Well it all depends on the quality of recording you intend to do. I mean, if you have unlimited finances, go Sure mics all the way. Other than the usual top brand names (Roland, Marshall, Rhodes) I don't think it makes much difference, so long as they're not broken. You should be able to get a nice sound out of any specified drum mics.
As for the types of mics you'll need, start with a purpose built bass drum mic for the kick. These mics are made to record only the lowest end of sound and to withstand the shockwave of the kick without changing the sound.
Tom/ snare mics are also purpose built to add a little extra punch to the sound, whereas regular dynamic mics would not.
Hi-hats you can probably get away with a standard, balanced dynamic microphone, or possibly nothing at all depending on how important the sound is and how good the next items are.
Overhead mics for drum kits are usually condensor mics. These mics are capable of making the high-end of your cymbals sound crystal clear, but unless your mixing desk has assingable phantom power, be sure to buy mics that carry their own battery.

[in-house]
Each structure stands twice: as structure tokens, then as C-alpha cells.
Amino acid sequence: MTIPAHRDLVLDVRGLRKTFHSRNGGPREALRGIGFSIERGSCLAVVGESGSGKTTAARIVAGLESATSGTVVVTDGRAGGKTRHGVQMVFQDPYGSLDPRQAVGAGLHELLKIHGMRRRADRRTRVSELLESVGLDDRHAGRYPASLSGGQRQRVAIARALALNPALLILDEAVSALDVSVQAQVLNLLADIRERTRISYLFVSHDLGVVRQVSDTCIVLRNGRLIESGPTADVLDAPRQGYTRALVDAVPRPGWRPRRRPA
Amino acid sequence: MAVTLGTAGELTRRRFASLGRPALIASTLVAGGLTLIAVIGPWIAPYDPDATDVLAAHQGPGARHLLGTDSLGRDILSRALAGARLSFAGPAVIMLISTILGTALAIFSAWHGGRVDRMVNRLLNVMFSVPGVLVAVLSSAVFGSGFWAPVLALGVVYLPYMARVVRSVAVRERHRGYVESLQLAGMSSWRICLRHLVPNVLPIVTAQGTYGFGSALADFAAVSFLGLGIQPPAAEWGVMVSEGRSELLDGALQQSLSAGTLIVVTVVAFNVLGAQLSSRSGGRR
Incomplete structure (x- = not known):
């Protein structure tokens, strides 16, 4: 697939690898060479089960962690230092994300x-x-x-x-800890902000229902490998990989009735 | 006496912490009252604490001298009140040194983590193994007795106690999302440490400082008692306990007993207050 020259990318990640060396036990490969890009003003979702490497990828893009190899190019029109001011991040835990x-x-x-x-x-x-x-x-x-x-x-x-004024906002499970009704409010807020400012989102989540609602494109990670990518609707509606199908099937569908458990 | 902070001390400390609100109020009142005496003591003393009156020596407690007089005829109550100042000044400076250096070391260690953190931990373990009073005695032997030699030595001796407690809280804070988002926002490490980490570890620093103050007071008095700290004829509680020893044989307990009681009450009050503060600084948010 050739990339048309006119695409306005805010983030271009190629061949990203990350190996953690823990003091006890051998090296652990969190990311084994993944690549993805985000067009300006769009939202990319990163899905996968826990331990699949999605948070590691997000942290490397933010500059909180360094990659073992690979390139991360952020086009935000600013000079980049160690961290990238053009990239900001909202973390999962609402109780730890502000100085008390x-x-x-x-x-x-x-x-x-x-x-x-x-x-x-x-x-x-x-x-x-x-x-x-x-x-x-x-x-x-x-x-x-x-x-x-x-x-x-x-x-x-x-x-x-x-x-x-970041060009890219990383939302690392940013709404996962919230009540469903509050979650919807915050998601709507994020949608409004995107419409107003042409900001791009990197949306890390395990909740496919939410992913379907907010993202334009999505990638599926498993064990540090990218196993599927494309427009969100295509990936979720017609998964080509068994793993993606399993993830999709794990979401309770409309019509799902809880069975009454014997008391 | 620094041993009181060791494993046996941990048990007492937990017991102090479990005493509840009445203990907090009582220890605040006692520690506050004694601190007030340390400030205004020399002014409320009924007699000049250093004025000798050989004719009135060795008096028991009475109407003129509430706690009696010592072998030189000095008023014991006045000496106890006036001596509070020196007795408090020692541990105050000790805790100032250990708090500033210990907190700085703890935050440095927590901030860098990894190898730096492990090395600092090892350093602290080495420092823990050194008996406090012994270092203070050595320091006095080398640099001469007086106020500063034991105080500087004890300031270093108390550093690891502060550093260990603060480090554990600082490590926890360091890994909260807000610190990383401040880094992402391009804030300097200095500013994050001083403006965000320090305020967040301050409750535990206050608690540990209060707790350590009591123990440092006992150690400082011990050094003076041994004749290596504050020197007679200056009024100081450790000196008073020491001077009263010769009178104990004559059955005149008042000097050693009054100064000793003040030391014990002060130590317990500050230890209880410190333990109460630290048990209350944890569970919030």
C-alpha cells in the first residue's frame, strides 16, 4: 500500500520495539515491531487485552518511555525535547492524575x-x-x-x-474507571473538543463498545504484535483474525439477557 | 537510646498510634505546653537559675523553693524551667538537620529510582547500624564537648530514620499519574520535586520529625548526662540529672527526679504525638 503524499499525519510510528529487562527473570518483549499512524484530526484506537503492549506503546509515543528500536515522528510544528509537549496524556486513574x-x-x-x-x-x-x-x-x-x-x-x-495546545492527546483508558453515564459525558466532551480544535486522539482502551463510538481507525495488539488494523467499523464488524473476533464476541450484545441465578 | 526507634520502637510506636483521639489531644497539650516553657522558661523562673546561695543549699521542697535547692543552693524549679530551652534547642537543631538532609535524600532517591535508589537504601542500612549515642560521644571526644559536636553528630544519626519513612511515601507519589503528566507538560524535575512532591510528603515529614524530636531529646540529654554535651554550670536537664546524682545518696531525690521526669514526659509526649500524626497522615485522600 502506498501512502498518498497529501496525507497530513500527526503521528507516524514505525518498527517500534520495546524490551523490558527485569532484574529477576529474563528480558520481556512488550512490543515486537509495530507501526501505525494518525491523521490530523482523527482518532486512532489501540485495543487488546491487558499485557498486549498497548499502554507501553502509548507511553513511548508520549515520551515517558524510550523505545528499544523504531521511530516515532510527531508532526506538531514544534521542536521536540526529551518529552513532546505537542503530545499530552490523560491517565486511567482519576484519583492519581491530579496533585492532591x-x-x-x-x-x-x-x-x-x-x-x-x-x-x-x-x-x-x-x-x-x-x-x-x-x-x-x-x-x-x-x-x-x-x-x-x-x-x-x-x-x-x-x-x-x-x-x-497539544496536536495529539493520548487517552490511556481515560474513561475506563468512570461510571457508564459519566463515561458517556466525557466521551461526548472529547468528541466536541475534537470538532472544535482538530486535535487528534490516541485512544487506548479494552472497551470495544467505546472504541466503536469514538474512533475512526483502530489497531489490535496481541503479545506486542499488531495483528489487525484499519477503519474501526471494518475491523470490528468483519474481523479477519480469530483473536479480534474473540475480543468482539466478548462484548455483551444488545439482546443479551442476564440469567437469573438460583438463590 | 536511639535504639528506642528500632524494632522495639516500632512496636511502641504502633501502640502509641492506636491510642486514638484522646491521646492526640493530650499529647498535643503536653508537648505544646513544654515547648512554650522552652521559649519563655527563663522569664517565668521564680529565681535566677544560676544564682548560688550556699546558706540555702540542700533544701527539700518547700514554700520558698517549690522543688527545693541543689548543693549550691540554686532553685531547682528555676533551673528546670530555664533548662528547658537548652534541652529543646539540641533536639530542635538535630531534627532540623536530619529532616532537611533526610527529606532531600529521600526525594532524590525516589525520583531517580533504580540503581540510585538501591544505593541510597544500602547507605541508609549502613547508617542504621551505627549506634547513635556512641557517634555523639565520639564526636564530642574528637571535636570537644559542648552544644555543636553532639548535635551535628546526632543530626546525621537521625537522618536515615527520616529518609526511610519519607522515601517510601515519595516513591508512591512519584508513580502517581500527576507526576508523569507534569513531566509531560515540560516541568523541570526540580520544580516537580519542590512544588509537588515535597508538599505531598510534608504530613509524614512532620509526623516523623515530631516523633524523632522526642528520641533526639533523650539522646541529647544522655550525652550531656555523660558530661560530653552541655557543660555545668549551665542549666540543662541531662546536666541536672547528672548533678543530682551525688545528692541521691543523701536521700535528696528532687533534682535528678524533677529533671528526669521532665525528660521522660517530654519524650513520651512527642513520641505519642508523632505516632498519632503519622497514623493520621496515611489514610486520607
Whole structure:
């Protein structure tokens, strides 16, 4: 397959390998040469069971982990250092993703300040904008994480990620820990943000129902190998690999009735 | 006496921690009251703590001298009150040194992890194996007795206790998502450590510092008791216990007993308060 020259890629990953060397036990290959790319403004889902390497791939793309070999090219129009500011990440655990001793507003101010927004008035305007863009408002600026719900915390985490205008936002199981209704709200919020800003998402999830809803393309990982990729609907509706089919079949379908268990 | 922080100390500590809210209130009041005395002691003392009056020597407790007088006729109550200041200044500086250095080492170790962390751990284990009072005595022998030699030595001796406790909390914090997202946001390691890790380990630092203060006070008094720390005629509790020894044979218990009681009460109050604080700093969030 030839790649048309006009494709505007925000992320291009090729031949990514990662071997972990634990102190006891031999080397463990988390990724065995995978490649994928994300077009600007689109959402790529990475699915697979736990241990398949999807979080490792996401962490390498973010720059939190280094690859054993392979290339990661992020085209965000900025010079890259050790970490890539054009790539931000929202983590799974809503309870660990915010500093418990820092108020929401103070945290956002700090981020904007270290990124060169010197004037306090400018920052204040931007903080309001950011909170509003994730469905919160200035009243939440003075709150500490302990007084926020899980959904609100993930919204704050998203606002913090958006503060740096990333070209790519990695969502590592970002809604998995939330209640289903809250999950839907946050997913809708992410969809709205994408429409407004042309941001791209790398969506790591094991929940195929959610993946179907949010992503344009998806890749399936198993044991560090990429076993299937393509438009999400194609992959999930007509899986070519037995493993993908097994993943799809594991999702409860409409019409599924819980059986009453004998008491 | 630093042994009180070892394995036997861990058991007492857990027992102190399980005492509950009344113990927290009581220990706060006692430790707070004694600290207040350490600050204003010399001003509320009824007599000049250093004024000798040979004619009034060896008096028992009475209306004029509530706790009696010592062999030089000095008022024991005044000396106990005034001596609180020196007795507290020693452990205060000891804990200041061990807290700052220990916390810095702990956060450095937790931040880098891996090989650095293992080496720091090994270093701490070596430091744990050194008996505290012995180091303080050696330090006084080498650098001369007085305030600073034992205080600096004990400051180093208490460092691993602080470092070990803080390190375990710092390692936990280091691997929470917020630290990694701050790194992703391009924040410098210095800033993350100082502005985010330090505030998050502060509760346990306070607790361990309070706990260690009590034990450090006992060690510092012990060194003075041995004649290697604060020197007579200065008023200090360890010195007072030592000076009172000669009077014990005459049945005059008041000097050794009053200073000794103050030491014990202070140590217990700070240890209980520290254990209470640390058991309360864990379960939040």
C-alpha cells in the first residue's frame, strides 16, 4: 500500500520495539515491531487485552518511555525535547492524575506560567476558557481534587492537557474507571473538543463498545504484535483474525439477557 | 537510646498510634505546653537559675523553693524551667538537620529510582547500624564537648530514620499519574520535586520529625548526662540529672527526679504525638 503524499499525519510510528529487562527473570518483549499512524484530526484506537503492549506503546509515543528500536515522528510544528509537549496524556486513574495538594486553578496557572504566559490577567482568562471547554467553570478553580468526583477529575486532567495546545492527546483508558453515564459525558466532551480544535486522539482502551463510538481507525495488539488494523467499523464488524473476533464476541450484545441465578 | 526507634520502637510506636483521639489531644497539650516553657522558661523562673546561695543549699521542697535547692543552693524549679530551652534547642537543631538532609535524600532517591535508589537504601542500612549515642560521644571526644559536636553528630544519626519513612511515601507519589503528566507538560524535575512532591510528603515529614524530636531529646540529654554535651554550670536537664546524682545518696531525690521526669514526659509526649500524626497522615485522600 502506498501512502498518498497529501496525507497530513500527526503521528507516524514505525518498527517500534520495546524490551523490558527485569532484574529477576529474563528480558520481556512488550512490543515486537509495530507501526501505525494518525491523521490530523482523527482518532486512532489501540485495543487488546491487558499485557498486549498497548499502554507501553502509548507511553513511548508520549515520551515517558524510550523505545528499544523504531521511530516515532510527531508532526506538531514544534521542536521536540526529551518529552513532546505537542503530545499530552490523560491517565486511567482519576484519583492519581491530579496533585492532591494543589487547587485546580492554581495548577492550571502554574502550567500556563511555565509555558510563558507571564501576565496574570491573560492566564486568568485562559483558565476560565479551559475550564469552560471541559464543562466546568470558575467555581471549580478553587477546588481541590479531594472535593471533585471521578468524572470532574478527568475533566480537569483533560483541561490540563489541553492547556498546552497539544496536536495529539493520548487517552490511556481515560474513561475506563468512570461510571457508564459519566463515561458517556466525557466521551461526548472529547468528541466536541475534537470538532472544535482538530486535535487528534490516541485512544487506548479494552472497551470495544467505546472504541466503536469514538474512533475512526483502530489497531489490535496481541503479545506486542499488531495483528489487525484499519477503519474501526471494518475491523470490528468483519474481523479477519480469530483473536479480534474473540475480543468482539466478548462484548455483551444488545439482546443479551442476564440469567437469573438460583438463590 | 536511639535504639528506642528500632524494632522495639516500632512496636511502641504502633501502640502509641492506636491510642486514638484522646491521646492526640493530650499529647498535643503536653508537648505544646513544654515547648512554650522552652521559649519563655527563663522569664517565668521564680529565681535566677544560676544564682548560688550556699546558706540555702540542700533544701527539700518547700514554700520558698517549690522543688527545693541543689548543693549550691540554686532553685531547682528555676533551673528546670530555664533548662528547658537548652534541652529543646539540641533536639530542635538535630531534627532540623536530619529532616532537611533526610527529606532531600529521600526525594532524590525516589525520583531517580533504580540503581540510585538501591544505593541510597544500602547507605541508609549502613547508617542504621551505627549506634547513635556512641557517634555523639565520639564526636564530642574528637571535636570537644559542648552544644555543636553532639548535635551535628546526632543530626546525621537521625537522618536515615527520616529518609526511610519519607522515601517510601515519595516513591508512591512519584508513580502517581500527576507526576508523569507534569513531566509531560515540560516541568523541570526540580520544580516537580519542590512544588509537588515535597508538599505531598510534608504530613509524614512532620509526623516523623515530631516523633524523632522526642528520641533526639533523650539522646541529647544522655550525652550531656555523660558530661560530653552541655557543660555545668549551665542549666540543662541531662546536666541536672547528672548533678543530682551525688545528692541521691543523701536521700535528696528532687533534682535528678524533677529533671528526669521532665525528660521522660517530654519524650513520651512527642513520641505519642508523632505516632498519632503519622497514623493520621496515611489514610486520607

Most drum mic kits will have all these mics included, except for the hi-hat. If the company has gone to the trouble of making a pack like this, they'll probably do the job. Thankfully you have a pretty standard setup, so you should have no problem finding a set to suit your kit.
You'll need, One kick mic, four snare/tom mics and two battery powered condensors and maybe a dynamic mic for the hi-hat.
Of course, Look out for packs that include cables and rim mounts, these can be a godsend when you first start putting it together and you're missing one stand or lead.
Anyway, I hope this helped and let us know what you end up with.